We don’t focus specifically on this, mainly on prevention work. But we do help connect young people to care, ensuring they have access to mental health professionals and that this system is youth friendly.
The next question from our audience, what would be the key lessons that can be modelled in Africa to advance youth mental health?
One of the key things I believe we need is to address the literacy gap. In most local African languages, there is no vocabulary for mental health, depression and anxiety. We’ve been working on how we can translate our existing tools, but also build a community across the continent to make these things more accessible. Mental health literacy is key to this.
Influencing policy makers and decision makers is also necessary to close the treatment gaps and prioritise mental health at a national level. We can then bridge the divide that exists across the 3 layers of society, ensure policy prioritises mental health across the different countries, and say to the health sector that they do not have to tackle mental health on their own. We can also empower young people to speak about mental health, and help educate one another around this.
Aviwe has articulated this perfectly. Making sure that the home and the school is a safer place for young people is also crucial. This could mean working more with parents and caregivers, and with teachers, who can help reinforce these skills and create the support that we know that young people leave.
You spoke about important youth-led policy work in the Philippines. How might this be used as a model for other countries?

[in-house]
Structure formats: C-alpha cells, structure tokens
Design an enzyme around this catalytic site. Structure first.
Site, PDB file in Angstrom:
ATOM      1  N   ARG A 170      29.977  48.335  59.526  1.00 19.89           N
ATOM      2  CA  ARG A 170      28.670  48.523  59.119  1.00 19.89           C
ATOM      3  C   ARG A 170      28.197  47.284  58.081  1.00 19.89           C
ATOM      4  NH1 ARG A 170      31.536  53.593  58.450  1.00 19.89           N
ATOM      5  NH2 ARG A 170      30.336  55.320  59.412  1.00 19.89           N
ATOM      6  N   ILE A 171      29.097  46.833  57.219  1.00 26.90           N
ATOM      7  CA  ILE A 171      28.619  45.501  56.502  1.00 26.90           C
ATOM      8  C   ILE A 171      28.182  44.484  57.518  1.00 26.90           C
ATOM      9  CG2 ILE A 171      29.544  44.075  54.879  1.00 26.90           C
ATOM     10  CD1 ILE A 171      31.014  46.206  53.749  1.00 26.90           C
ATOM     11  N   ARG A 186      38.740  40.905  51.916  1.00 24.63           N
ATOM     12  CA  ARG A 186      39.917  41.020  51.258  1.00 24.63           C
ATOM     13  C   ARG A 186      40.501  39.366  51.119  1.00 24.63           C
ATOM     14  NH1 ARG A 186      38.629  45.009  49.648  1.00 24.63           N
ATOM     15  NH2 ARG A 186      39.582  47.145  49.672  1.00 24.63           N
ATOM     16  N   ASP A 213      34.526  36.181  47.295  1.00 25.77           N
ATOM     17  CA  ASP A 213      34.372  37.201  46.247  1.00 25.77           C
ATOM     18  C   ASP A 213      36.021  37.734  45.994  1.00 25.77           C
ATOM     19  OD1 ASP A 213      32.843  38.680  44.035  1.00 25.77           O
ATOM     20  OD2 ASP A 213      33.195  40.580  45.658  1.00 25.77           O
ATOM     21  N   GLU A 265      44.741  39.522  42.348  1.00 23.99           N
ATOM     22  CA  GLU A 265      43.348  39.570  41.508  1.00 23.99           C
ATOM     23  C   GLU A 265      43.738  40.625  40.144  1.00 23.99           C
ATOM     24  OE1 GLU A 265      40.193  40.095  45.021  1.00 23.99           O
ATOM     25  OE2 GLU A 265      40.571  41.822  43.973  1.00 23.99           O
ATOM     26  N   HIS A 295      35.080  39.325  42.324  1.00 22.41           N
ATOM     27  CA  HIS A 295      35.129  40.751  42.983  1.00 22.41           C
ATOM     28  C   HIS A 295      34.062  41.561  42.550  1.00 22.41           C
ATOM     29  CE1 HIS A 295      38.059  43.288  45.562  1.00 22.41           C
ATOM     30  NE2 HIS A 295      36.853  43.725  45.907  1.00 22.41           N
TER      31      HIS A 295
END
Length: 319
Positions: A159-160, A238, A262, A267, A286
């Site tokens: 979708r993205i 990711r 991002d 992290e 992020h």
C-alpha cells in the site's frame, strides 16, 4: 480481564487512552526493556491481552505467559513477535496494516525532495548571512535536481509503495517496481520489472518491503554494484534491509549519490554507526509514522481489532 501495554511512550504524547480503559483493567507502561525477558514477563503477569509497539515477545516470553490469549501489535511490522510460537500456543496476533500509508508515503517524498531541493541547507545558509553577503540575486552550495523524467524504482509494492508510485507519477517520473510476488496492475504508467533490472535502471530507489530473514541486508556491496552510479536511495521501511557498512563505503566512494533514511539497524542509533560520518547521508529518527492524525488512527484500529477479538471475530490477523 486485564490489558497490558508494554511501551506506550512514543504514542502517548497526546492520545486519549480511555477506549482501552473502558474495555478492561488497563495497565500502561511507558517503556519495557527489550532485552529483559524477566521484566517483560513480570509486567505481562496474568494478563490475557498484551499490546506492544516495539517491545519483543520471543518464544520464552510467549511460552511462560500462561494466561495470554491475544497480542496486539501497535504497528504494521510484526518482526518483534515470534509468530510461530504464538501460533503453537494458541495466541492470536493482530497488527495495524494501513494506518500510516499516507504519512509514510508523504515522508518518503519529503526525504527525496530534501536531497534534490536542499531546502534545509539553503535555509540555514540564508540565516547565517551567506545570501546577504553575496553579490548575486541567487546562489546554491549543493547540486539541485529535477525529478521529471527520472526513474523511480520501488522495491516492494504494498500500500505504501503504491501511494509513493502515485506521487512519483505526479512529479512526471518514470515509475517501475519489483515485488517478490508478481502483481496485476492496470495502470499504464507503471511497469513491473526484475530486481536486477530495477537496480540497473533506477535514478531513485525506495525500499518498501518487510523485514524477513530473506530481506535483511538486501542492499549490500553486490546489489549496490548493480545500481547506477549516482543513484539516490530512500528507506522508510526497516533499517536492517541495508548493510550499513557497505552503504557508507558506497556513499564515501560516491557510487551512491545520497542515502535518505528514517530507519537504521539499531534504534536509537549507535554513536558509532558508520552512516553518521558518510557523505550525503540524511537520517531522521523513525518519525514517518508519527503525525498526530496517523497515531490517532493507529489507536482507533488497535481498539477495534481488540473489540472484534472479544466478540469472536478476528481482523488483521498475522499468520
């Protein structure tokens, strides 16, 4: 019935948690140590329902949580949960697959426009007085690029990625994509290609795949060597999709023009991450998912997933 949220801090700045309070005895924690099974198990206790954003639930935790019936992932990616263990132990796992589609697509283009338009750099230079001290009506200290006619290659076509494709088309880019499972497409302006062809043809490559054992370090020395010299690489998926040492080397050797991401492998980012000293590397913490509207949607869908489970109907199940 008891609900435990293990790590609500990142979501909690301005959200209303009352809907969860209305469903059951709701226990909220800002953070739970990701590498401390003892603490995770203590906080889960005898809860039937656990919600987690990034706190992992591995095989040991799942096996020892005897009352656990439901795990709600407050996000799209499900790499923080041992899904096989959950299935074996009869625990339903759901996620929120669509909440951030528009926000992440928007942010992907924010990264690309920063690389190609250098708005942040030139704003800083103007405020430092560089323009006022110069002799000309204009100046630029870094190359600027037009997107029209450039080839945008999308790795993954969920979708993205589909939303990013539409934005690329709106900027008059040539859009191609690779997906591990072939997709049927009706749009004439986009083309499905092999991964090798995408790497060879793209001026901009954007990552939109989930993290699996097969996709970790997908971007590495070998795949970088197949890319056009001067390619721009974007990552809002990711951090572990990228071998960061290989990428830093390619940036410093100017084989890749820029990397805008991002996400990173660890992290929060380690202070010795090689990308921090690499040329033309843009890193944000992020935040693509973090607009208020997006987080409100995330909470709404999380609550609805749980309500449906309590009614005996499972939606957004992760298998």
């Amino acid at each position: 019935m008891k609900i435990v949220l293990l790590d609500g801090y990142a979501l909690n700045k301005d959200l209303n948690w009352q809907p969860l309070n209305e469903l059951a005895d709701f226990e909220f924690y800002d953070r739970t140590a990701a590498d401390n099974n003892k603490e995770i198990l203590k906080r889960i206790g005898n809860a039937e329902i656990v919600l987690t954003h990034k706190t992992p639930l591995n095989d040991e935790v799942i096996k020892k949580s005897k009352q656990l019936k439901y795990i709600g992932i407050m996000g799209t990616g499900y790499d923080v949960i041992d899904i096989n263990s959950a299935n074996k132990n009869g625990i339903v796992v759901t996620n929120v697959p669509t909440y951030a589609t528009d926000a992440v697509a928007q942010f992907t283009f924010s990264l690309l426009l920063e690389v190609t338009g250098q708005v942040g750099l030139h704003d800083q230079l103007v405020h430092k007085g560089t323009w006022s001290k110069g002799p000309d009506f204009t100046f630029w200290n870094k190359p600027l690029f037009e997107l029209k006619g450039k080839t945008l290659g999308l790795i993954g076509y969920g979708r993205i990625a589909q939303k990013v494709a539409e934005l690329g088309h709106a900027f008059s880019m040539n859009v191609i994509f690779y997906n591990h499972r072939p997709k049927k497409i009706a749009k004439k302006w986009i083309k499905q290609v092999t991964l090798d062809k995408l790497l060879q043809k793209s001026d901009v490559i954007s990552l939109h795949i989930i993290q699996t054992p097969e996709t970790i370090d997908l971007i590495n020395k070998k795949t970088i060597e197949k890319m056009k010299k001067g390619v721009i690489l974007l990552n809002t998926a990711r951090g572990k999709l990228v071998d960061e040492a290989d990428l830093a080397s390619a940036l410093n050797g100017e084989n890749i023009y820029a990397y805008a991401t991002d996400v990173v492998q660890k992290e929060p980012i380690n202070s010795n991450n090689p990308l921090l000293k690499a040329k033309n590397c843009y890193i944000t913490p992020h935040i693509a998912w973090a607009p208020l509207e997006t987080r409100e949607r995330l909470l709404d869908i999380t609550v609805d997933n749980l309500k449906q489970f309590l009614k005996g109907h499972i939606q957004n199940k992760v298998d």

Yves Miel Zuniga
We firmly believe that mental health is a fundamental human right, particularly for youth. We put the emphasis on society to fight the stigma and normalise this until it no longer exists. We also want to focus on the suicide piece and how this relates to youth mental health. We also want to ensure safety and stability for youth to protect their mental health. This provides us with our framework for what we do.
What is the most urgent priority for supporting young people’s mental health?
To partner with young people to integrate mental health in the spaces where they already are. We have to not just translate clinical support, but deliver support in ways that resonate with young people.
Yves Miel Zuniga
Good governance translates to good policy, which translates to good investments in mental health, which leads to better outcomes.
Make mental health more inclusive. Prioritise the different sectors of society. Collaboration is the future for mental health.
We need more structured spaces for young people to connect and talk. Young people shouldn’t have to feel like they need to hide what it is that they are feeling.
Thank you to all of our panellists, and we hope to continue this conversation on social media.